By Joe Bruzek on November 21, 2013
In photos, the 2015 Porsche Macan could be mistaken for its larger Cayenne SUV counterpart at first glance. In person, there's no confusing the bite-sized Macan for anything but a compact SUV. Its small stature is fit and athletic in typical Porsche fashion, though a little too rounded toward the rear where it loses definition under the auto-show lights. Maybe out on the road some of its curves and definition will stand out. Or it really could just be somewhat of a jelly-bean shape.
Specifications indicate the 184.3-inch Macan is a lengthy SUV among its ilk. The end-to-end dimensions don't show up on the inside where rear-seat room is in short supply. With the driver's seat positioned where I would drive, I have to slide my feet in diagonally to clear the rear seat's elevated floor. Good luck fitting three adults in the backseat.
Even though the rear seat is narrow and legroom is in short supply, headroom is decent despite the sloping rear roof. Skinny people with short legs and abnormally long torsos should fit in the Macan's backseat just fine. The Macan may be better suited for carrying children than adults, or cargo instead of people.
Up front, the Macan feels appropriately like a Porsche. There's no shortage of sports car inspiration with the attractive steering wheel, classic Porsche gauges and well-appointed materials on the dashboard, door panels and steering wheel. The Macan Turbo I explored had part of the steering wheel covered in carbon fiber.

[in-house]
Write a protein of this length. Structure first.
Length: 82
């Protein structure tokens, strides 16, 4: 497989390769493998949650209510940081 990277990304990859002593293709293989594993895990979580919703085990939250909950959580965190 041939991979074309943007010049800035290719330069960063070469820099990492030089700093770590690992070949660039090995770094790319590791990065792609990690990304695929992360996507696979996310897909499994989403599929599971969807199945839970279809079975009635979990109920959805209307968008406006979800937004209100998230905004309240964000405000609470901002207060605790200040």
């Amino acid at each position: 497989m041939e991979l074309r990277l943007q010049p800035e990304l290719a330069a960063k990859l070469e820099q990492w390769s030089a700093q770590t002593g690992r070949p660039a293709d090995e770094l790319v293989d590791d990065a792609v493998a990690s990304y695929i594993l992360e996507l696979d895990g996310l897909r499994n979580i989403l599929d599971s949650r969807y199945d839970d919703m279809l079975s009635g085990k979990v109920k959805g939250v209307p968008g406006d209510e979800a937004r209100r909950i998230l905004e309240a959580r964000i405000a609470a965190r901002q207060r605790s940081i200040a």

There's no such thing as too much carbon fiber when it looks this good. The carbon fiber pattern also makes an appearance on the Macan's side in what Porsche calls side blades - an awkward-looking accent piece that looks better in carbon fiber than the black-painted version on entry-level models. OK, maybe that crosses the line of too much carbon fiber.
I'm all for the use of real buttons versus touch-sensitive controls. The Macan Turbo, however, goes overboard with a massive number of buttons lining the sides of the gearshift. It truly looks like a command center with buttons for the various driving modes, driving assists, air suspension, heated seats, climate control and more. Does there really need to be a Sport and Sport Plus button? Why can't one do both?
Road Test Editor Joe Bruzek covers Cars.com’s short-and long-term fleet of test cars and drives a 1998 Pontiac Firebird Trans Am. Email Joe